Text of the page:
When she stopped being my mother

When she stopped being my mother

I remember the moment when she stopped being my mother. I realized that even as a grown adult that I could not count on her for my most basic needs.

It was 2003. I had been on vacation and couldn’t reach my mom by phone when I came back. When my boyfriend and I went to her apartment there was a stack of newspapers in front of her door. That’s when I knew there was a problem. She had always stopped her newspaper delivery when she was going to be away from home. Always.

She didn’t respond to my knock, so we went in with my key. She wasn’t there, no signs of distress. We looked for clues as to where she might be. There were piles of letters written to a man I did not know. Romantic letters talking about wanting to run away with him. It was hard to tell whether he was real. She had already been ill for over 15 years and hospitalized three times, increasingly delusional. By virtue of her illness, she was vulnerable.

What came next was a blur of trying to find her. The management group at her apartment building hadn’t seen her. I thought hospitals, jails… There were many possibilities to cover.

I couldn’t think of where she would be voluntarily until I remembered how much she likes nice hotels. I started making calls and found one where she had been earlier. With that, I continued contacting hotels without any other sightings.

I kept in touch with the apartment managers and, on the third day, they said she had come into the office that morning. My boyfriend and I went right over.

I knocked on the door; she didn’t respond. I opened the door, but the chain lock was in place. I called to her. I pleaded. She did not respond or come to the door. I closed the door.

I knew what I needed to do. When the police arrived, I opened the door again. The chain was still in place, so they called into her, too. They spoke with authority. They told her she had to come to the door. Yet she did not.

I followed them in when they had detached the chain lock. She was standing at the kitchen sink rinsing out clothing. I don’t remember all of what was said. She remained mute with terrified, terrifying look in her eyes.

So they talked with her to find out what was going on and she responded to nothing. “Are you a danger to yourself?” “Are you a danger to others?” They would have to bring her in if she did not answer these questions. When she realized that they indeed take her to the hospital, she said “No,” in a quiet, little voice. With the police were going to leave. I told them they had to take her in. She was sick and she needed help. I insisted.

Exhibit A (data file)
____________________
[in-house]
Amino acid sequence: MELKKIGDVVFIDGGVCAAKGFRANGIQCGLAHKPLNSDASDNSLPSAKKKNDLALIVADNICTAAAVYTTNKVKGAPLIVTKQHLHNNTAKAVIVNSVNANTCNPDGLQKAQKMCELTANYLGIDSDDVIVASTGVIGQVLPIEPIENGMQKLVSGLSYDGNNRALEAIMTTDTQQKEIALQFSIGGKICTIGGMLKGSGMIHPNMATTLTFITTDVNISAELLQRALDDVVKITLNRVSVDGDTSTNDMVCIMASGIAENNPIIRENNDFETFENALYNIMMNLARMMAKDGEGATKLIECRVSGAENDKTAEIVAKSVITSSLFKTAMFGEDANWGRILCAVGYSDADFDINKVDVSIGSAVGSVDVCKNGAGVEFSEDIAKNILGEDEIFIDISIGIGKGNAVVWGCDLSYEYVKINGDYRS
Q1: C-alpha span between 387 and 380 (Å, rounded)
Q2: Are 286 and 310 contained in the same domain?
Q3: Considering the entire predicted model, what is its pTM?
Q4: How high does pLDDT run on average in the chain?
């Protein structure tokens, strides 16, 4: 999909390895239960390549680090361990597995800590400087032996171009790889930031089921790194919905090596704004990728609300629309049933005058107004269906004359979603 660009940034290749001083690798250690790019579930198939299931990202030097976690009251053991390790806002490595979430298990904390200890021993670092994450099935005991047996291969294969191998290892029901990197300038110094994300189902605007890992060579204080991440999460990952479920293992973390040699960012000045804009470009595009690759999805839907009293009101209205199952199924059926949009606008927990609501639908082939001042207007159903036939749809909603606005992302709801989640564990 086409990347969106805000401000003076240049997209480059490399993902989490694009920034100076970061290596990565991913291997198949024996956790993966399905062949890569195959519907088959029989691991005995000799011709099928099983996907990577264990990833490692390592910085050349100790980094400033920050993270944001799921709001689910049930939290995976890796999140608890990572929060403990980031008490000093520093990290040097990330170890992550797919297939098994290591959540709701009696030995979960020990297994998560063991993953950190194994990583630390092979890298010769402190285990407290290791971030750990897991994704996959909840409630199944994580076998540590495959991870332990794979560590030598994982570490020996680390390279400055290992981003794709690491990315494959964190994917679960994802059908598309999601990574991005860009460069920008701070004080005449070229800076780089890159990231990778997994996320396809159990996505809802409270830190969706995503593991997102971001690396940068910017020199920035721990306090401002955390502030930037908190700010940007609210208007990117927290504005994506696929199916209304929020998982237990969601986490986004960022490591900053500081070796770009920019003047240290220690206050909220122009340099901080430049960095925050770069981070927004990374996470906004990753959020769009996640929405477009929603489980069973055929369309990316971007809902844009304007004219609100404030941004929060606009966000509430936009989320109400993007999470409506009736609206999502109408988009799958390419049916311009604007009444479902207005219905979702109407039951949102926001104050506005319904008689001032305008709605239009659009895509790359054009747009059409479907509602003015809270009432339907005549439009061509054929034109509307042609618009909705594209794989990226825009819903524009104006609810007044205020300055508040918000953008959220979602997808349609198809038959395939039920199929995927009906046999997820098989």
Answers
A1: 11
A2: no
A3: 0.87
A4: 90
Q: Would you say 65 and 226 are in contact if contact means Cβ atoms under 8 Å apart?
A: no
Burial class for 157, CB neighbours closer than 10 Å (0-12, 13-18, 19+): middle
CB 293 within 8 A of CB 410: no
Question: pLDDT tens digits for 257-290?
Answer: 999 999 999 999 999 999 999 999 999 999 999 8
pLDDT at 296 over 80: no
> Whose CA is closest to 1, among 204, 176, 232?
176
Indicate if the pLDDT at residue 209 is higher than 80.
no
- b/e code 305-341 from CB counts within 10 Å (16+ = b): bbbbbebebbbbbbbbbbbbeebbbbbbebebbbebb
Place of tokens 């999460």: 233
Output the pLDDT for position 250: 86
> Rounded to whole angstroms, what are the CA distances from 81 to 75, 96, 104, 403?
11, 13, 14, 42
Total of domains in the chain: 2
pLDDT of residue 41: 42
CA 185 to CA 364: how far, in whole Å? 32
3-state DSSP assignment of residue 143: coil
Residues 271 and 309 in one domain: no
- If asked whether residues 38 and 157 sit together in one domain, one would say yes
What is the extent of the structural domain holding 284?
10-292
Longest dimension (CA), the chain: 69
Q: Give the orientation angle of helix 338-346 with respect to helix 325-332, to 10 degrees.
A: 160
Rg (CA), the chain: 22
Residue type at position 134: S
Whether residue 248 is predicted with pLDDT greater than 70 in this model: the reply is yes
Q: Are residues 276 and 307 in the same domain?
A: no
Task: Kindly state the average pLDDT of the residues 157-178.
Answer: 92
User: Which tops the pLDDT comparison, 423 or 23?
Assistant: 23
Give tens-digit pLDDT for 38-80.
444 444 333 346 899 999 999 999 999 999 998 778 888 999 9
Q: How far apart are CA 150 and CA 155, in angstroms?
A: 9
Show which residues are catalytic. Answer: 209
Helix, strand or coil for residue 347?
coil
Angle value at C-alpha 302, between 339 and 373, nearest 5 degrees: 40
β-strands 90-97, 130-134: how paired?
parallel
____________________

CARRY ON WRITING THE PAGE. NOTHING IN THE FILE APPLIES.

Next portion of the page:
They called in to their sergeant. They also had me get on the phone and talk with someone at the police department. I didn’t know at the time, but that conversation was to get me to calm down.

The sergeant looked around and found that there was no food in the cabinets, no food in the refrigerator. Nothing. Not a box of salt. On that basis, she brought her into the hospital as gravely disabled.

Over the next days and weeks, she recovered and I haven’t seen that look in her eyes since.

As time went by, I told her how worried I was about her. I shared some of what I experienced. She told me she was just on vacation. There was nothing to worry about.

She would not, could not acknowledge my experience. That is when I knew she was no longer my mother, that I could not count on her for anything.

Time has gone on. Her condition has continued to degenerate. I maintain a complicated relationship with her. She loves me. She recognizes me as her daughter. I love her. I can see as the person she was and know how compromised she is by her illness. I work closely with her, at a distance. I listen to what she needs to tell me, tell her stories to distract and amuse her. What she knows about me is limited to things that will not trigger her delusions.

So, when we had a conversation about how much I worry about her being out on the street, she minimizes. She is trying to escape “the torture.” My concerns don’t compare and, of course, she’s right.